Do you have a budding scientist in the household? They can tap their talents to win prizes in contests that encourage young scientists. Here are some of the top science fair competitions held across the US and sometimes globally.
Google Science Fair: Internet giant Google hosts an international, annual, online competition for students aged between 13 and 18. The focus for this competition is for innovative entries that have the potential to change the world. The prizes are amazing. The grand prize for 2013 was $50,000 scholarship funding and a 10-day trip to Galapagos Islands with National Geographic Expeditions. For more info, visit https://www.googlesciencefair.com/en/2013/.
Intel International Science and Engineering Fair: Students in grades 9-12 who are among the top winners in local ISEF affiliated fairs are invited to participate in this competition. The combined total of all prizes awarded across several categories comes to over 4 million dollars. For more info, visit http://www.intel.com/content/www/us/en/education/competitions/international-science-and-engineering-fair.html.
Junior Science and Humanities Symposia (JSHS): This is a scholarship program open to students in grades 9-12 and conducted collaboratively between educational institutions and the U.S. Department of Defense. There are several levels of wins ranging from certificates of achievement to tuition scholarships. Teachers from each region are also recognized with a $500 prize for promoting scientific research. For more info, visit http://www.jshs.org/.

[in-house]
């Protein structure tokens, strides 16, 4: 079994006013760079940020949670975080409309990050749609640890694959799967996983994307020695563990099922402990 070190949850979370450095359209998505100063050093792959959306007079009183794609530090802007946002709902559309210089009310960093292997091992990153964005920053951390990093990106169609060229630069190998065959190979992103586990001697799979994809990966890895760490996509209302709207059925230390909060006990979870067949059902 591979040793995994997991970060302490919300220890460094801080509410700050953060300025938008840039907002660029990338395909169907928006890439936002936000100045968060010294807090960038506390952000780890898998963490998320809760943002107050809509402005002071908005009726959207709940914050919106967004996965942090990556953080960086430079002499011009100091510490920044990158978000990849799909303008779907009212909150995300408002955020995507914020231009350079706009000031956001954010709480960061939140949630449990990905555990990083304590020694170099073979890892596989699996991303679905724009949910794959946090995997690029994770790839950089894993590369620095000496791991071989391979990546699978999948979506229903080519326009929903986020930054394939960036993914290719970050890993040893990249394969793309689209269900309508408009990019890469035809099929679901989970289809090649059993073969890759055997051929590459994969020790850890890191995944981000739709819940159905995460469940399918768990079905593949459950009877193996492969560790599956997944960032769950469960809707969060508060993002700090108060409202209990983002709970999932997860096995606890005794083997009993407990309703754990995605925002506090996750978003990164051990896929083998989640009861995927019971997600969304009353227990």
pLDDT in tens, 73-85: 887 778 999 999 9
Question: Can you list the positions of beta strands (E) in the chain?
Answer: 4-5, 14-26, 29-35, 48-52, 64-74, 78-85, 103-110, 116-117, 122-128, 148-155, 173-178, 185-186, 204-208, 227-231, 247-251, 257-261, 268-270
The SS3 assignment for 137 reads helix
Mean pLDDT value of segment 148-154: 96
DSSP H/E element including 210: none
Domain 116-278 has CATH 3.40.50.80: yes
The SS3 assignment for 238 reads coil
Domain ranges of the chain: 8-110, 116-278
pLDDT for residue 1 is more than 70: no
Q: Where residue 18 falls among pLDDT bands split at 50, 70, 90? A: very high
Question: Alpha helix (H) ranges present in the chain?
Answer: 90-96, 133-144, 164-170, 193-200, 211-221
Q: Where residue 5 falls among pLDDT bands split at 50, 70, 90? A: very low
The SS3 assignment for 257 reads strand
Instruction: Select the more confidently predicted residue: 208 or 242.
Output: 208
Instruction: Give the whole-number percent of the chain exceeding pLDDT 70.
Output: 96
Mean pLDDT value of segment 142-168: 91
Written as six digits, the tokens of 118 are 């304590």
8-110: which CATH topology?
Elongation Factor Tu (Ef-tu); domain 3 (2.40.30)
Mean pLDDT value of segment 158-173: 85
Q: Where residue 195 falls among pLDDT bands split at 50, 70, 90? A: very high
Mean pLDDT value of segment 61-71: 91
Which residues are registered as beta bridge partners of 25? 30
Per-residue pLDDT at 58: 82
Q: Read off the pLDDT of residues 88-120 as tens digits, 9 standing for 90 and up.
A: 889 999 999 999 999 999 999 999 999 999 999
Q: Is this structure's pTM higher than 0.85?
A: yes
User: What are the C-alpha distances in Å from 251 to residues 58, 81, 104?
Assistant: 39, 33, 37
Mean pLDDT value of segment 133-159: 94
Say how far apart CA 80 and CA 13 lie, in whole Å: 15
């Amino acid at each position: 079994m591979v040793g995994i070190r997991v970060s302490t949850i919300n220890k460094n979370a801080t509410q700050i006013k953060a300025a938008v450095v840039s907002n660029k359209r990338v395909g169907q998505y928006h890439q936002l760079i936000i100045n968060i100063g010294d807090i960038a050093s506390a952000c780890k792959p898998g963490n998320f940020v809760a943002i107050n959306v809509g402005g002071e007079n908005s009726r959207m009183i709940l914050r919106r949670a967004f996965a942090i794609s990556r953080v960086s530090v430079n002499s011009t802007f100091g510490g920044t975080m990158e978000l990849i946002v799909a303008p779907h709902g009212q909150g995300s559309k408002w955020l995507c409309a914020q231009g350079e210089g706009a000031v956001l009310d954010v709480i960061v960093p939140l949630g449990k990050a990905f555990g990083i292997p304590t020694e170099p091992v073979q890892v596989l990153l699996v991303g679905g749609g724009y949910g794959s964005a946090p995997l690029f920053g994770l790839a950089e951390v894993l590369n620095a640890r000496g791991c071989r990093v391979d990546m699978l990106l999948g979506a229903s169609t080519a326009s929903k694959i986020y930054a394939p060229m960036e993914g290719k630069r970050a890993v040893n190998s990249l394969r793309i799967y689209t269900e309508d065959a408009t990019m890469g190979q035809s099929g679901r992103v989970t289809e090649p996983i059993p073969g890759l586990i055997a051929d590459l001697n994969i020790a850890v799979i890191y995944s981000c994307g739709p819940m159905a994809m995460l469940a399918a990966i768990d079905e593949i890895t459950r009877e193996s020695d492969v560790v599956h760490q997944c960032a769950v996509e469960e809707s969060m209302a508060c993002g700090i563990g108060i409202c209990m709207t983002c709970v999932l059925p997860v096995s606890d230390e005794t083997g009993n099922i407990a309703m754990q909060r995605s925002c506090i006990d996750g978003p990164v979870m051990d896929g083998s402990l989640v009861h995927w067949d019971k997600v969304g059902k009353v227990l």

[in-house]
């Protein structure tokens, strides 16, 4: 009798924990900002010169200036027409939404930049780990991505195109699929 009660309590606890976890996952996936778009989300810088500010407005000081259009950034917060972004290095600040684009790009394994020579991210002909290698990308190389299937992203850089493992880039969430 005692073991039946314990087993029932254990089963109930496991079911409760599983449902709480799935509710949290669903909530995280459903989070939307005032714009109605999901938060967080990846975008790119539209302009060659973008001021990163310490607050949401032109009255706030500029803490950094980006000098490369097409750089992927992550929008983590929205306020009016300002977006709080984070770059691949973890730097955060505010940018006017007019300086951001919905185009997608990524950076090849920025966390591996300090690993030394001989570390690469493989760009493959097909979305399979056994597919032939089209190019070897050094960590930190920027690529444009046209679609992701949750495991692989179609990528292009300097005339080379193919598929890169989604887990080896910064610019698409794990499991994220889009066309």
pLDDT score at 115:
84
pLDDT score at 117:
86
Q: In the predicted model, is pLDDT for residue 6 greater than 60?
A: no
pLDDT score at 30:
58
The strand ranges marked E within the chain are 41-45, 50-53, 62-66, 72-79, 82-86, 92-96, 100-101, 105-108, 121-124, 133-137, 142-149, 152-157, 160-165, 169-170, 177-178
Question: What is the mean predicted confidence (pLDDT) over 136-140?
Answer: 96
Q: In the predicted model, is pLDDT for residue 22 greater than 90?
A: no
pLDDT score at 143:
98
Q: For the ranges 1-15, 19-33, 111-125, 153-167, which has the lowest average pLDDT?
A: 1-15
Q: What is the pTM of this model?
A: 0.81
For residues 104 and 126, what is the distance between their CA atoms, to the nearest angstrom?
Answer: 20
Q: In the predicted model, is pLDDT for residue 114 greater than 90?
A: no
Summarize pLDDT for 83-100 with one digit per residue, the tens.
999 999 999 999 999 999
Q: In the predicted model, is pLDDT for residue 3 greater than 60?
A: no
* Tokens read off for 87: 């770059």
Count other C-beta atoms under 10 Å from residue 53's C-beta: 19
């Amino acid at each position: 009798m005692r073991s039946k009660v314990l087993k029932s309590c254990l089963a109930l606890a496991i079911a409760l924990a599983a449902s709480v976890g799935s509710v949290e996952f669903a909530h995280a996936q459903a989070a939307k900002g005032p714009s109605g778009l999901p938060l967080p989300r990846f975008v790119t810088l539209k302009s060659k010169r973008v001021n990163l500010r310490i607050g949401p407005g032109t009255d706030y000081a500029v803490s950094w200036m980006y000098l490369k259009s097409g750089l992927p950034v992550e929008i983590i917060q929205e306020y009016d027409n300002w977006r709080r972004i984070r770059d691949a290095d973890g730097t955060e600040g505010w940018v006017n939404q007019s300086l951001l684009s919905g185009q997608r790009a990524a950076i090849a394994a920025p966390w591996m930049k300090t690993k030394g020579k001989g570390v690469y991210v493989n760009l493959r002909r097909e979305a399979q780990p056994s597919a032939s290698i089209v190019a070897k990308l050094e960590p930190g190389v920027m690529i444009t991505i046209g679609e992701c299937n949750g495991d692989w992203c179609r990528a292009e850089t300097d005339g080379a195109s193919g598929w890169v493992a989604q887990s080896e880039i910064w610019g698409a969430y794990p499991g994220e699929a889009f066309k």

National Science Bowl: This is a question-type competition sponsored by the U.S. Department of Energy annually for middle and high school students who work in teams. Science bowls are held around the country for qualification at the national level. For more info, visit http://science.energy.gov/wdts/nsb/.
National Society of Black Engineers (NSBE): This fair is open to students in grades 6-12 and has two levels—middle school and high school. The goal is to encourage a love for science in black students. For more info, visit http://www.nsbe.org/NSBE-Jr/Competitions-and-Contests/Science-Fair.aspx.
Siemens Competition in Math, Science & Technology: The brightest young minds compete for scholarships ranging from $10,000 to $100,000. From the website, the Siemens Foundation believes that "by supporting outstanding students today, and recognizing the teachers and schools that inspire their excellence, the Foundation helps nurture tomorrow’s scientists and engineers." For more info, visit http://www.siemens-foundation.org/en/competition.htm.
To help inspire young scientists, consider these resources:
101 Great Science Experiments
The Complete Handbook of Science Fair Projects